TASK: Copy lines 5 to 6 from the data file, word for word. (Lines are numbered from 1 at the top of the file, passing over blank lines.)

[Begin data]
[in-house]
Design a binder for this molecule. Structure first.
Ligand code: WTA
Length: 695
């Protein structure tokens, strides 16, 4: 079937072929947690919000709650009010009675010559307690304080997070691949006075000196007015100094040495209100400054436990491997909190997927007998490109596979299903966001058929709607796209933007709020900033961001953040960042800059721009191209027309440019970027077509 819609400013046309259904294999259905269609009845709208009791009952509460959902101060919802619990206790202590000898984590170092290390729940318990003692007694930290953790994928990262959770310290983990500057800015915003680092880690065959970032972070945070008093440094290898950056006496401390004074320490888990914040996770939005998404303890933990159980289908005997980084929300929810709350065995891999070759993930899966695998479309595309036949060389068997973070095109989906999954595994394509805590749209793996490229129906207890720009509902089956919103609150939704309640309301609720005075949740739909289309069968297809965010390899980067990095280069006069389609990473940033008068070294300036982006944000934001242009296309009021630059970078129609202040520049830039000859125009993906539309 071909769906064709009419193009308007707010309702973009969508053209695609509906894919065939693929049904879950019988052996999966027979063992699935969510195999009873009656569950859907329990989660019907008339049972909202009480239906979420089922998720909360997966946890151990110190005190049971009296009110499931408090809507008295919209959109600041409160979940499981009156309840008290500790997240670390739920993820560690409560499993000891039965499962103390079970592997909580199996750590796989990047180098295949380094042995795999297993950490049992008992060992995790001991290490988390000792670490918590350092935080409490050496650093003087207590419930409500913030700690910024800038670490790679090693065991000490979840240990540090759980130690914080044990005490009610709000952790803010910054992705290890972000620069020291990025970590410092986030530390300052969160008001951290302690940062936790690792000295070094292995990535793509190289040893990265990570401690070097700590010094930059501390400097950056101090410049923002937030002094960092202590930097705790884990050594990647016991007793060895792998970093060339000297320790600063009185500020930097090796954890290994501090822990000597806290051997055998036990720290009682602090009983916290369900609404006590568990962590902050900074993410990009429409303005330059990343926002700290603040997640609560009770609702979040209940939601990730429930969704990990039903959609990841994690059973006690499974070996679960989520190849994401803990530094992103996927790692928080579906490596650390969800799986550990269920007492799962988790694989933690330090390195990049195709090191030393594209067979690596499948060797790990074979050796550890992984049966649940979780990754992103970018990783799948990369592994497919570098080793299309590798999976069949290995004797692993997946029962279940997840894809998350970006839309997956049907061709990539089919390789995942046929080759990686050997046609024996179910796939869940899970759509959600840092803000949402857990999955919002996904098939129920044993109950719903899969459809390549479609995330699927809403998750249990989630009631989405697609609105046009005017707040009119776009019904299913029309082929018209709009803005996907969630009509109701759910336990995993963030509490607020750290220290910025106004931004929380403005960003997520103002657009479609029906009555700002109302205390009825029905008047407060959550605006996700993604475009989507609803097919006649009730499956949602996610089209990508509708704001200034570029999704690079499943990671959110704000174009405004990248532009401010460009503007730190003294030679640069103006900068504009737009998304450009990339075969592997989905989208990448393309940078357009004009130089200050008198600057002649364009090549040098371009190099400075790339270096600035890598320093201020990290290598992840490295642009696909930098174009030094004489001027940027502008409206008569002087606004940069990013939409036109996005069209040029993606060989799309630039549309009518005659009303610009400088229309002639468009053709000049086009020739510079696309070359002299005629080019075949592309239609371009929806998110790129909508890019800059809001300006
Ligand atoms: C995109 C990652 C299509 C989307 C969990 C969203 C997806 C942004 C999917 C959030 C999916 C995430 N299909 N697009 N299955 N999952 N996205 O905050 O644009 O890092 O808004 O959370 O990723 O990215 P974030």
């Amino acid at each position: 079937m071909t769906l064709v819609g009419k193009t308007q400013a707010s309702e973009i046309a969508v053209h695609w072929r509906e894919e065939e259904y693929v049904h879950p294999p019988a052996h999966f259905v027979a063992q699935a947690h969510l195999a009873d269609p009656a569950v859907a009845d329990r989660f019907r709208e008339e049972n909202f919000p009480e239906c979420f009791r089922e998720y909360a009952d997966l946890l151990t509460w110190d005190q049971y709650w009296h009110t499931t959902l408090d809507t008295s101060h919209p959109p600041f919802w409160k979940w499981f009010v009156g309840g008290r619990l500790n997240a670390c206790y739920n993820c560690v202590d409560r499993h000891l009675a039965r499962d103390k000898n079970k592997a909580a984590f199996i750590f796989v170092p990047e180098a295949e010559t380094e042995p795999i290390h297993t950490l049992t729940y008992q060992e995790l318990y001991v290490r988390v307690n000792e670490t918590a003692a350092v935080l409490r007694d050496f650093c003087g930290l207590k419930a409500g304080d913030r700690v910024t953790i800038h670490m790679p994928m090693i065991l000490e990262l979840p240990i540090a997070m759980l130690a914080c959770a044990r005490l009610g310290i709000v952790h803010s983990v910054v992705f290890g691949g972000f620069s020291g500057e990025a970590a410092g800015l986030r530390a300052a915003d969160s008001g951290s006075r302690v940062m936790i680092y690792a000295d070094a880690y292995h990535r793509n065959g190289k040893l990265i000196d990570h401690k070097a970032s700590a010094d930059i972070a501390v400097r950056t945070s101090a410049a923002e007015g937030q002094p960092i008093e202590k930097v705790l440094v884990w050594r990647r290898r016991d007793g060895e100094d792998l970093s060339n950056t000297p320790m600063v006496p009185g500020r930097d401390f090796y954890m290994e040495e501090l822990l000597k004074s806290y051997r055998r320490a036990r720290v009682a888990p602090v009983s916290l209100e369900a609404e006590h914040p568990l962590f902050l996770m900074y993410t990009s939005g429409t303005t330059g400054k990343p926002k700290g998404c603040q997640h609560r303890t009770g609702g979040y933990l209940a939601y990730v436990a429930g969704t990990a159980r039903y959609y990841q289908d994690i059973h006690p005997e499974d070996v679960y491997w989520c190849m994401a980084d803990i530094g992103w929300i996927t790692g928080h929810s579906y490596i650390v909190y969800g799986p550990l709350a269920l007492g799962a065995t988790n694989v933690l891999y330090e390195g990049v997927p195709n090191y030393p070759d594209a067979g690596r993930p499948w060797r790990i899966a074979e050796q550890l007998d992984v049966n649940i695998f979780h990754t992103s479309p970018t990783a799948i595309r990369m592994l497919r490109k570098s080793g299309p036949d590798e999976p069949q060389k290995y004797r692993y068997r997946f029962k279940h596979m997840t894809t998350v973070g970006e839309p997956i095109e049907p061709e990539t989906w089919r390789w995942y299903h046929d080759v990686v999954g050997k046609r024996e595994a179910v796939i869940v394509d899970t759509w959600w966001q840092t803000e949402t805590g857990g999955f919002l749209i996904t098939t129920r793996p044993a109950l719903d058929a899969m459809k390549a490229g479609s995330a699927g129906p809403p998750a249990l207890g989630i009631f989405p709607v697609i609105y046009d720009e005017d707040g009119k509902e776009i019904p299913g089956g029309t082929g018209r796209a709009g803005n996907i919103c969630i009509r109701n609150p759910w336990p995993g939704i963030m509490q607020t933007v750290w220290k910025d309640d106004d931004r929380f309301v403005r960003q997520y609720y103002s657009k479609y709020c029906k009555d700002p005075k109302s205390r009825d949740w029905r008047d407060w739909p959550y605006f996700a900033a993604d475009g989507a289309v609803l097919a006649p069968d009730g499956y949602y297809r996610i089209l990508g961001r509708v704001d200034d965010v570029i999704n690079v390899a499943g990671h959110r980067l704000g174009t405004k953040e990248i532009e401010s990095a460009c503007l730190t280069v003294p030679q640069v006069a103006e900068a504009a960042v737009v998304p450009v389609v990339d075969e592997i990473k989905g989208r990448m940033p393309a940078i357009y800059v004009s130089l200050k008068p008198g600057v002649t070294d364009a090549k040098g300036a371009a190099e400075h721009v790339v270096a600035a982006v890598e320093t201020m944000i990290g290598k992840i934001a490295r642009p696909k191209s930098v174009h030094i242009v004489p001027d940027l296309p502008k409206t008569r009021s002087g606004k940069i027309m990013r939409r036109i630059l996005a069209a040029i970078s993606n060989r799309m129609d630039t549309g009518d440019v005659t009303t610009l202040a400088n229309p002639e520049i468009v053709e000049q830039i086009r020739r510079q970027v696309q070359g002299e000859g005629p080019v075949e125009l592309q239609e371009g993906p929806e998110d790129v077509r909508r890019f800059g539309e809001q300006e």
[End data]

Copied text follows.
């Protein structure tokens, strides 16, 4: 079937072929947690919000709650009010009675010559307690304080997070691949006075000196007015100094040495209100400054436990491997909190997927007998490109596979299903966001058929709607796209933007709020900033961001953040960042800059721009191209027309440019970027077509 819609400013046309259904294999259905269609009845709208009791009952509460959902101060919802619990206790202590000898984590170092290390729940318990003692007694930290953790994928990262959770310290983990500057800015915003680092880690065959970032972070945070008093440094290898950056006496401390004074320490888990914040996770939005998404303890933990159980289908005997980084929300929810709350065995891999070759993930899966695998479309595309036949060389068997973070095109989906999954595994394509805590749209793996490229129906207890720009509902089956919103609150939704309640309301609720005075949740739909289309069968297809965010390899980067990095280069006069389609990473940033008068070294300036982006944000934001242009296309009021630059970078129609202040520049830039000859125009993906539309 071909769906064709009419193009308007707010309702973009969508053209695609509906894919065939693929049904879950019988052996999966027979063992699935969510195999009873009656569950859907329990989660019907008339049972909202009480239906979420089922998720909360997966946890151990110190005190049971009296009110499931408090809507008295919209959109600041409160979940499981009156309840008290500790997240670390739920993820560690409560499993000891039965499962103390079970592997909580199996750590796989990047180098295949380094042995795999297993950490049992008992060992995790001991290490988390000792670490918590350092935080409490050496650093003087207590419930409500913030700690910024800038670490790679090693065991000490979840240990540090759980130690914080044990005490009610709000952790803010910054992705290890972000620069020291990025970590410092986030530390300052969160008001951290302690940062936790690792000295070094292995990535793509190289040893990265990570401690070097700590010094930059501390400097950056101090410049923002937030002094960092202590930097705790884990050594990647016991007793060895792998970093060339000297320790600063009185500020930097090796954890290994501090822990000597806290051997055998036990720290009682602090009983916290369900609404006590568990962590902050900074993410990009429409303005330059990343926002700290603040997640609560009770609702979040209940939601990730429930969704990990039903959609990841994690059973006690499974070996679960989520190849994401803990530094992103996927790692928080579906490596650390969800799986550990269920007492799962988790694989933690330090390195990049195709090191030393594209067979690596499948060797790990074979050796550890992984049966649940979780990754992103970018990783799948990369592994497919570098080793299309590798999976069949290995004797692993997946029962279940997840894809998350970006839309997956049907061709990539089919390789995942046929080759990686050997046609024996179910796939869940899970759509959600840092803000949402857990999955919002996904098939129920044993109950719903899969459809390549479609995330699927809403998750249990989630009631989405697609609105046009005017707040009119776009019904299913029309082929018209709009803005996907969630009509109701759910336990995993963030509490607020750290220290910025106004931004929380403005960003997520103002657009479609029906009555700002109302205390009825029905008047407060959550605006996700993604475009989507609803097919006649009730499956949602996610089209990508509708704001200034570029999704690079499943990671959110704000174009405004990248532009401010460009503007730190003294030679640069103006900068504009737009998304450009990339075969592997989905989208990448393309940078357009004009130089200050008198600057002649364009090549040098371009190099400075790339270096600035890598320093201020990290290598992840490295642009696909930098174009030094004489001027940027502008409206008569002087606004940069990013939409036109996005069209040029993606060989799309630039549309009518005659009303610009400088229309002639468009053709000049086009020739510079696309070359002299005629080019075949592309239609371009929806998110790129909508890019800059809001300006
Ligand atoms: C995109 C990652 C299509 C989307 C969990 C969203 C997806 C942004 C999917 C959030 C999916 C995430 N299909 N697009 N299955 N999952 N996205 O905050 O644009 O890092 O808004 O959370 O990723 O990215 P974030």